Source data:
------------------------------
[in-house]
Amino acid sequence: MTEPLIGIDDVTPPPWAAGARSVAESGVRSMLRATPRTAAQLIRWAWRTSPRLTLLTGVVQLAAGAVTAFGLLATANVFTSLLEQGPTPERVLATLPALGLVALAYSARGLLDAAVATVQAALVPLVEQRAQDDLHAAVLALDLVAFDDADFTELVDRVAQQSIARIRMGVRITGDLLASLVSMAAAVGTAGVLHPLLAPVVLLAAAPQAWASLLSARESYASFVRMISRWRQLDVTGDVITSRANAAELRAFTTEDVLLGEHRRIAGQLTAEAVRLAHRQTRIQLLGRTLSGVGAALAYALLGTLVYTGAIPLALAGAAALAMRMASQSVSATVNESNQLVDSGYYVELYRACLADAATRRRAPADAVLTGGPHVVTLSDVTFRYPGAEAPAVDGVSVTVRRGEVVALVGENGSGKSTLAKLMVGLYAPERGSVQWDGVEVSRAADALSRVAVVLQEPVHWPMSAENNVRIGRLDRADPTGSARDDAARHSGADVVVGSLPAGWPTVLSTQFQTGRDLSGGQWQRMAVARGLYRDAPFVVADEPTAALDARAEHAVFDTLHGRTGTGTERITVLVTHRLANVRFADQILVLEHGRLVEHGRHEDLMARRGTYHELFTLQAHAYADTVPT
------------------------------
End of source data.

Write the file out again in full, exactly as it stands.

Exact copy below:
[in-house]
Amino acid sequence: MTEPLIGIDDVTPPPWAAGARSVAESGVRSMLRATPRTAAQLIRWAWRTSPRLTLLTGVVQLAAGAVTAFGLLATANVFTSLLEQGPTPERVLATLPALGLVALAYSARGLLDAAVATVQAALVPLVEQRAQDDLHAAVLALDLVAFDDADFTELVDRVAQQSIARIRMGVRITGDLLASLVSMAAAVGTAGVLHPLLAPVVLLAAAPQAWASLLSARESYASFVRMISRWRQLDVTGDVITSRANAAELRAFTTEDVLLGEHRRIAGQLTAEAVRLAHRQTRIQLLGRTLSGVGAALAYALLGTLVYTGAIPLALAGAAALAMRMASQSVSATVNESNQLVDSGYYVELYRACLADAATRRRAPADAVLTGGPHVVTLSDVTFRYPGAEAPAVDGVSVTVRRGEVVALVGENGSGKSTLAKLMVGLYAPERGSVQWDGVEVSRAADALSRVAVVLQEPVHWPMSAENNVRIGRLDRADPTGSARDDAARHSGADVVVGSLPAGWPTVLSTQFQTGRDLSGGQWQRMAVARGLYRDAPFVVADEPTAALDARAEHAVFDTLHGRTGTGTERITVLVTHRLANVRFADQILVLEHGRLVEHGRHEDLMARRGTYHELFTLQAHAYADTVPT